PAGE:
11. It can be done but takes absolutely ages - the only abandoned one we had in our flat parking was also Polish registered so even more complicated as there was no way of finding how who the ‘owner’ was. I think it involves contacting the DVLA to establish who the keeper is, sending them a letter, then a reminder etc. After a certain period of time has elapsed the ‘ownership’ of the car must be transferred somehow to the landlord so they can arrange disposal of it. I have no idea how our management company dealt with the Polish Daewoo, it was unlocked and did occasionally have homeless people sleeping in it so I suspect they were given permission by the police or council to remove it on health and/or nuisance grounds. At the end of the day, if the owner lived in one of the flats, they would have been breaking the terms of the lease by keeping an untaxed/unroadworthy car on the premises (wording and restrictions will vary, but there’s usually a clause about any vehicles being ‘legal’ and kept in reasonable condition i.e. if you are not using on the road it must be on SORN and not allowed to fall to pieces). So the management company could easily argue - to someone who might have been away for absolutely ages and returned to no car - that no compensation was due for the loss of the vehicle as you were breaking the terms of your lease.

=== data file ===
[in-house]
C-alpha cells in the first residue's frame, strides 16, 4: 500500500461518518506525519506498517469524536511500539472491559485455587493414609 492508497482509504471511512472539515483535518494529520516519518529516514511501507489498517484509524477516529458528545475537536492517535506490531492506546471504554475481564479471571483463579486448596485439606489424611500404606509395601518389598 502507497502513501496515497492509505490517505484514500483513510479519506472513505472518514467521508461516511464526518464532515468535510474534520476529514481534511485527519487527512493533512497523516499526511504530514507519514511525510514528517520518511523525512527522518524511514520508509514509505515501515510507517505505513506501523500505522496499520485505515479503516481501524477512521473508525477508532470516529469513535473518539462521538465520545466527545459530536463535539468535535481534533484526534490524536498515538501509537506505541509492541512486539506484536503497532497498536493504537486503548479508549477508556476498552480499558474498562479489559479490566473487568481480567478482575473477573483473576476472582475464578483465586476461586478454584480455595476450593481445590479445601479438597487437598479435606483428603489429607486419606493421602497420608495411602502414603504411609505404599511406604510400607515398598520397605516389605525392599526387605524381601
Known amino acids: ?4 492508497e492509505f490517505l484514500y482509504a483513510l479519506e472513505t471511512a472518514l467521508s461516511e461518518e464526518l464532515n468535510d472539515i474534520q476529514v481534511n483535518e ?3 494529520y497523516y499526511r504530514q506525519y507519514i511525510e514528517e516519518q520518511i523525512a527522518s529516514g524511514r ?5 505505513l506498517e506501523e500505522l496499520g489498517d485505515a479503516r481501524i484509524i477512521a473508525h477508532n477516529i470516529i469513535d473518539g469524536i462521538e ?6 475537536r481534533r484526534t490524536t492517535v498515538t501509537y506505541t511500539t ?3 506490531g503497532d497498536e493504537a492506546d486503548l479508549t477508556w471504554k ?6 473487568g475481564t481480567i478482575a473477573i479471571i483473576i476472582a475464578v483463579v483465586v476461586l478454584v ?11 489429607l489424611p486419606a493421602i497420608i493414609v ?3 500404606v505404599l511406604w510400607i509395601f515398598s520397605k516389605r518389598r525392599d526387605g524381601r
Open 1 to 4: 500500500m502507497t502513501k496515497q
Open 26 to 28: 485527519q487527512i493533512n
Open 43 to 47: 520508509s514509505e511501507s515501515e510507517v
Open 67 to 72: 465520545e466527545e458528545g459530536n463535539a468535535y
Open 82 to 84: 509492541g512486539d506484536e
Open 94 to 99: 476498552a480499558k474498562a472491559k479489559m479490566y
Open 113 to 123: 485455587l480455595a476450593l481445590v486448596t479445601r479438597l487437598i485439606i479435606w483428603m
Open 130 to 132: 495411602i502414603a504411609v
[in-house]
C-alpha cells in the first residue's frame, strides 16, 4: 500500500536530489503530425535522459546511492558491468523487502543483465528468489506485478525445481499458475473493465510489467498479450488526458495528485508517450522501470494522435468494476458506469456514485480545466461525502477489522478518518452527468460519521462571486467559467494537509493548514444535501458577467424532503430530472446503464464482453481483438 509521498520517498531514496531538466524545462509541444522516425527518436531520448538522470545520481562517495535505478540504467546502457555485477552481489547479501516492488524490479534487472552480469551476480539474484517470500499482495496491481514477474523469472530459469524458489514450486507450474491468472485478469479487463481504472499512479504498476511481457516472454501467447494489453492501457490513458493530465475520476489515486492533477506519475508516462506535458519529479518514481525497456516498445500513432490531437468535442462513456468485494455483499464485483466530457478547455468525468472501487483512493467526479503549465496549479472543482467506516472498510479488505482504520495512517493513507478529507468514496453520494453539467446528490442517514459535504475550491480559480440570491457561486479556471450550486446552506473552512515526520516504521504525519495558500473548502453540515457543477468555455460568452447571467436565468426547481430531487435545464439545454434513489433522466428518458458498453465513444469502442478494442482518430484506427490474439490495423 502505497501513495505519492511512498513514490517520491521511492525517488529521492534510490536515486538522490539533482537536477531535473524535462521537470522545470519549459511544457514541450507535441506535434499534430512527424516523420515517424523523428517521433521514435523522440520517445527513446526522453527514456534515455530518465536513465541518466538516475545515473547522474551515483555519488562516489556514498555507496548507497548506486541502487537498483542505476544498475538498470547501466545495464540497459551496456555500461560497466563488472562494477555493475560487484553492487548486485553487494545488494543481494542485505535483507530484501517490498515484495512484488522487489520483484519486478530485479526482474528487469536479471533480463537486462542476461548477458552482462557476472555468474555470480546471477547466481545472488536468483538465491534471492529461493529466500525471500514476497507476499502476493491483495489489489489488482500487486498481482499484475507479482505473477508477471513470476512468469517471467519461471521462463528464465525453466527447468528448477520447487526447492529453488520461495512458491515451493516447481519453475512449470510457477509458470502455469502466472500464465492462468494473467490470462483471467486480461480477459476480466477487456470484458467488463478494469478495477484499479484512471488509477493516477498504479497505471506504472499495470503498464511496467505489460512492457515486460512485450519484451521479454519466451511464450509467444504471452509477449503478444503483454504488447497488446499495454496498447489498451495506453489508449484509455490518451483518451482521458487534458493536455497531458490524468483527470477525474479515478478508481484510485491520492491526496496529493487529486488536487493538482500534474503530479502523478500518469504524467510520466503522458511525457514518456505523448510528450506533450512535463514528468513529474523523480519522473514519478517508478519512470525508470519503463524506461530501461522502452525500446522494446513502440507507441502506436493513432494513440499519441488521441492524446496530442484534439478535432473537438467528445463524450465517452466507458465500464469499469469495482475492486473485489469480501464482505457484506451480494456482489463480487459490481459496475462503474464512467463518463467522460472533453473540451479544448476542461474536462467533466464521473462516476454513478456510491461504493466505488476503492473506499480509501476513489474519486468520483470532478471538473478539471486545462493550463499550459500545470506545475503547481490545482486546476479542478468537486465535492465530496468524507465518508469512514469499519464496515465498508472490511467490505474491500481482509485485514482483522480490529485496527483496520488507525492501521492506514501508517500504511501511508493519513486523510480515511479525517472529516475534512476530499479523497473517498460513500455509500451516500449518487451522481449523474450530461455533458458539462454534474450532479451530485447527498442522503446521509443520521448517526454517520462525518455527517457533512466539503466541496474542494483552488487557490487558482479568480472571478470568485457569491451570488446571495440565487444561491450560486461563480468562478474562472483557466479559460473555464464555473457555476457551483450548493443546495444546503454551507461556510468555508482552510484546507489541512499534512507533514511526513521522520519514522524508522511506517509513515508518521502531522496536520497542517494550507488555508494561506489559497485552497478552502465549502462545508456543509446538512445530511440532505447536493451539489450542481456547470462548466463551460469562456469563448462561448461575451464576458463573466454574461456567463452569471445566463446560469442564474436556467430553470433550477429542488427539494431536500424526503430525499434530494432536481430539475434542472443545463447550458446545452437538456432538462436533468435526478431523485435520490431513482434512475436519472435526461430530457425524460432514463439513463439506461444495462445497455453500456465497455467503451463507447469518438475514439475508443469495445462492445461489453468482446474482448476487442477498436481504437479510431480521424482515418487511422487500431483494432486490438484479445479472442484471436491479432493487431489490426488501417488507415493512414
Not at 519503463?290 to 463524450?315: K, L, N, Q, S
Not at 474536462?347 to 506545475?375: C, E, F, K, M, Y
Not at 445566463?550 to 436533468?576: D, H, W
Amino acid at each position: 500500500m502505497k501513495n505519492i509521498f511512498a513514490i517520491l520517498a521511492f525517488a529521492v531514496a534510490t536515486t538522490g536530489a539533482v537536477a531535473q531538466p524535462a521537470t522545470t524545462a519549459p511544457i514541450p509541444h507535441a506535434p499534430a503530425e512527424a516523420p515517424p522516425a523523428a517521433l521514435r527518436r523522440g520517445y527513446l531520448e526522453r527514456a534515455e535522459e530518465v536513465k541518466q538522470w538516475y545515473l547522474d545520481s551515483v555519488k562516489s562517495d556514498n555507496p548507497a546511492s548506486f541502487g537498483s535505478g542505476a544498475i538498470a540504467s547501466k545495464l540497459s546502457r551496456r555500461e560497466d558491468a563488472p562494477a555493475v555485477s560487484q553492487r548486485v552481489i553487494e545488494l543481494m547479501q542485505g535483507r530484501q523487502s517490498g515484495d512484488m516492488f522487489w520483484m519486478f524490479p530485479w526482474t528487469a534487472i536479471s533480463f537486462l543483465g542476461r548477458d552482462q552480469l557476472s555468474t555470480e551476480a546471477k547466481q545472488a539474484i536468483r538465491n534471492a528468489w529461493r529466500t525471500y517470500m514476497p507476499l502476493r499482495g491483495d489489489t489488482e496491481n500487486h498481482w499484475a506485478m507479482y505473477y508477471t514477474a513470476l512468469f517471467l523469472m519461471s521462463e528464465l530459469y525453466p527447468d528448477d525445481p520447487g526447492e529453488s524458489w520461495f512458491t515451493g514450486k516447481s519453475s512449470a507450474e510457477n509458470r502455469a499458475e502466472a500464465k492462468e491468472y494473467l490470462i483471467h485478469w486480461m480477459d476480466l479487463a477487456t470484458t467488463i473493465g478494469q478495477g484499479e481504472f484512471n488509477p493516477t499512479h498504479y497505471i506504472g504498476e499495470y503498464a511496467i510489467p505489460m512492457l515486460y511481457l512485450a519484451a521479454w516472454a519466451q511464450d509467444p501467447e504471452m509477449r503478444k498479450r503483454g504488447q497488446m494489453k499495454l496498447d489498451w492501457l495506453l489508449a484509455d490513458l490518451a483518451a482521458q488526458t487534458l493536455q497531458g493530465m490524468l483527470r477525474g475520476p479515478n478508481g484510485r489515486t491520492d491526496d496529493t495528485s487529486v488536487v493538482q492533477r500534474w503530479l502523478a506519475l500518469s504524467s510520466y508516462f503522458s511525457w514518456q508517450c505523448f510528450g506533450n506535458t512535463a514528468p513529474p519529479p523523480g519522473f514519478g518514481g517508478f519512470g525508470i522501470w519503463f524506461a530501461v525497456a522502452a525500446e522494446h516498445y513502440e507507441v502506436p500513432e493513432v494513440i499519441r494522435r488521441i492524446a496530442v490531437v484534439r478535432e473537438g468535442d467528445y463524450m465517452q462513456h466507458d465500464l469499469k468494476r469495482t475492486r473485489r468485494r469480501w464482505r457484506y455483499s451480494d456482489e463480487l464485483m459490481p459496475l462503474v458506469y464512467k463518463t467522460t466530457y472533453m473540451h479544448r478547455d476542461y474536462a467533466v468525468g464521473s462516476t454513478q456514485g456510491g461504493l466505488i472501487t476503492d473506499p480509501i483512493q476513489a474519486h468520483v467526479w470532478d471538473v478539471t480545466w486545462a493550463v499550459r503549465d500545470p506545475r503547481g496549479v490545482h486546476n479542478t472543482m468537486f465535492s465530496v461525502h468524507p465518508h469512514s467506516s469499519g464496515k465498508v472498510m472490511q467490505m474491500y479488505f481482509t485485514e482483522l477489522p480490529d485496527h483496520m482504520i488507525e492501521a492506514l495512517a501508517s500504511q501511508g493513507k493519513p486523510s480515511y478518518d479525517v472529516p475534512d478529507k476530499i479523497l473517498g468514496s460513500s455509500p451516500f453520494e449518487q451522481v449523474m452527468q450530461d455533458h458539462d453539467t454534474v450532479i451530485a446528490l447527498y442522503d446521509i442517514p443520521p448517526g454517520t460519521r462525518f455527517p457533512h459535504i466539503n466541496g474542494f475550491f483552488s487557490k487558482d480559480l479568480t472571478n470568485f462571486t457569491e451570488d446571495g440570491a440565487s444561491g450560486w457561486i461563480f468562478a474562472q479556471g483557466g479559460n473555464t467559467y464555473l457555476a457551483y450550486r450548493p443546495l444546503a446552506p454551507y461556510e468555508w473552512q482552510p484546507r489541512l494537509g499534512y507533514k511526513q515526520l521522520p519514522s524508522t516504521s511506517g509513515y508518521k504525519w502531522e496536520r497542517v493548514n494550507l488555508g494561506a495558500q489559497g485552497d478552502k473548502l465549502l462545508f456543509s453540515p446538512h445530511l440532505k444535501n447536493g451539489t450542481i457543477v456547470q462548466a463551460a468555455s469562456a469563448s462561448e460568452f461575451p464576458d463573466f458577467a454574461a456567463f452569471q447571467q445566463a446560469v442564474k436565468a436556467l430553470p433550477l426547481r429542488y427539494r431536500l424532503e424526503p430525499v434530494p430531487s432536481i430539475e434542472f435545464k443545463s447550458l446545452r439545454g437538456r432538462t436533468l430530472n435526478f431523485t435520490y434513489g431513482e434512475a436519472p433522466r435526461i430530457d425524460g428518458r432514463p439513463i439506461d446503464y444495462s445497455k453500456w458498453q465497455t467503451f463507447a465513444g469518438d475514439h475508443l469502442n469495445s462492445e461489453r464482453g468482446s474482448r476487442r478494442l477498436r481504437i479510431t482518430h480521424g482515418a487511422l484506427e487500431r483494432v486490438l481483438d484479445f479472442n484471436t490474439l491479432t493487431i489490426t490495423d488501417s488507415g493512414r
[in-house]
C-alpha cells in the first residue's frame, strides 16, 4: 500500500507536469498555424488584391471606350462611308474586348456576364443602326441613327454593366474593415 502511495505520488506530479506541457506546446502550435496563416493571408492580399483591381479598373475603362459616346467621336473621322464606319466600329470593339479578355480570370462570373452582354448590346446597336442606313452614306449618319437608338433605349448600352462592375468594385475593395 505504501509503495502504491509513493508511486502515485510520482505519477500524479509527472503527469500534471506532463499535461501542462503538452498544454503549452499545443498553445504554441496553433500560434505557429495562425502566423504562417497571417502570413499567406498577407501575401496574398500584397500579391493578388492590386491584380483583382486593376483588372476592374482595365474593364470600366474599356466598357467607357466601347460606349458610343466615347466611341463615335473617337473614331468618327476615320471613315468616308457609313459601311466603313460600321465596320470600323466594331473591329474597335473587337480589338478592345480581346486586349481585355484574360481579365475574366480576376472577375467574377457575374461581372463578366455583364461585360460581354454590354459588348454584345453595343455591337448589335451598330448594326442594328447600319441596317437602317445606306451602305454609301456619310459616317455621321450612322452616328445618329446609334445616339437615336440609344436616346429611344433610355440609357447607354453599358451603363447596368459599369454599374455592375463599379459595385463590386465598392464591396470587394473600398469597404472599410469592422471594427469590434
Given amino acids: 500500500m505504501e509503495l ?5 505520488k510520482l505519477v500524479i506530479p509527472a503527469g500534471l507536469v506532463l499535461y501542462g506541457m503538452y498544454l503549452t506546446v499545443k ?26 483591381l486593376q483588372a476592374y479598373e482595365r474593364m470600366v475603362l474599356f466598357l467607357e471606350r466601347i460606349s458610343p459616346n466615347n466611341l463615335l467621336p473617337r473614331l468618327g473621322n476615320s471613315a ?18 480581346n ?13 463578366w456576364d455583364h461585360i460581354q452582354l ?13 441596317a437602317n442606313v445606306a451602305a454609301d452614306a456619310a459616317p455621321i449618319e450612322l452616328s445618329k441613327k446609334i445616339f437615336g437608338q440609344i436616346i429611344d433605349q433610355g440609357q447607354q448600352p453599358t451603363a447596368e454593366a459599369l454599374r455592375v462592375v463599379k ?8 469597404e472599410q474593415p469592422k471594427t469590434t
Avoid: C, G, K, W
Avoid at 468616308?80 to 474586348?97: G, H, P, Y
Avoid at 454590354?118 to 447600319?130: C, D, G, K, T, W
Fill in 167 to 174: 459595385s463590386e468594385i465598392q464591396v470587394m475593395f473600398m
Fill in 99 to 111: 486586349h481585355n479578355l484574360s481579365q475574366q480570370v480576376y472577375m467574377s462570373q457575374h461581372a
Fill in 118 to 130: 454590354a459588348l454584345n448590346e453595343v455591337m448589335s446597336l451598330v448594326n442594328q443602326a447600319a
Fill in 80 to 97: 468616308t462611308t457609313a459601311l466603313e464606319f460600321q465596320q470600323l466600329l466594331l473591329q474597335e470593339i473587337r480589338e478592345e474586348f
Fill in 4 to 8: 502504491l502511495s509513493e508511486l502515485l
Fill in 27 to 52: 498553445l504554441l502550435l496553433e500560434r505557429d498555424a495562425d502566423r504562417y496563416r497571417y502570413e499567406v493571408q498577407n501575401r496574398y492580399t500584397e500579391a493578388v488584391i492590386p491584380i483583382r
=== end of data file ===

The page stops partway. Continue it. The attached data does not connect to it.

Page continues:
12. The theme tune competition certainly bought back memories. I got The Streets of San Francisco but totally missed It’ll be Alright on the Night! To prepare for the next one, you just have to watch ITV4 & Talking Pictures TV 24/7 for about three months. This is how @MondeoBlues did so well despite his comparative youth.
  13. Many thanks as always to @Six-cylinderand @Mrs6C for hosting, @Inspector Morosefor the choice photographs. and, assisted by @davidfowler2000, the very enjoyable ‘Name that TV theme tune’ competition on Saturday evening. And everybody else for coming.
  14. Best Frontera fact* courtesy of Wikipedia is that the original Isuzu it’s based on is known as the ‘MU’ in Japan. MU stands for ‘Mysterious Utility’ 👍
  15. As usual, there will be some free books/mags available courtesy of Autoshite’s resident librarian. I will also have a few to sell, will put them up separately in the For sale thread. People can call dibs here or fight it out at the FoD for the free stuff: Haynes Laguna 1 Petrol & Diesel Haynes Maestro 1.3 & 1.6 Haynes Montego 2.0 Haynes Talbot Horizon (don’t all shout at once) Haynes Range Rover Classic (Petrol only) Illustrated History of Dennis Buses and Trucks, Nick Baldwin, 1987 (few pages missing at the end) World Sports Car Championship, Cyril Posthumus (bit tatty), 1961 Motor Cycles and how to manage them, Iliffe, 1954, ok condition. The Essential guide to choosing and using your 4x4 vehicle, 1998, a small paperback from Land Rover but does include info on other makes. Trucks of the World Highways, Arthur Ingram, 1979. Dust jacket tatty but good condition otherwise.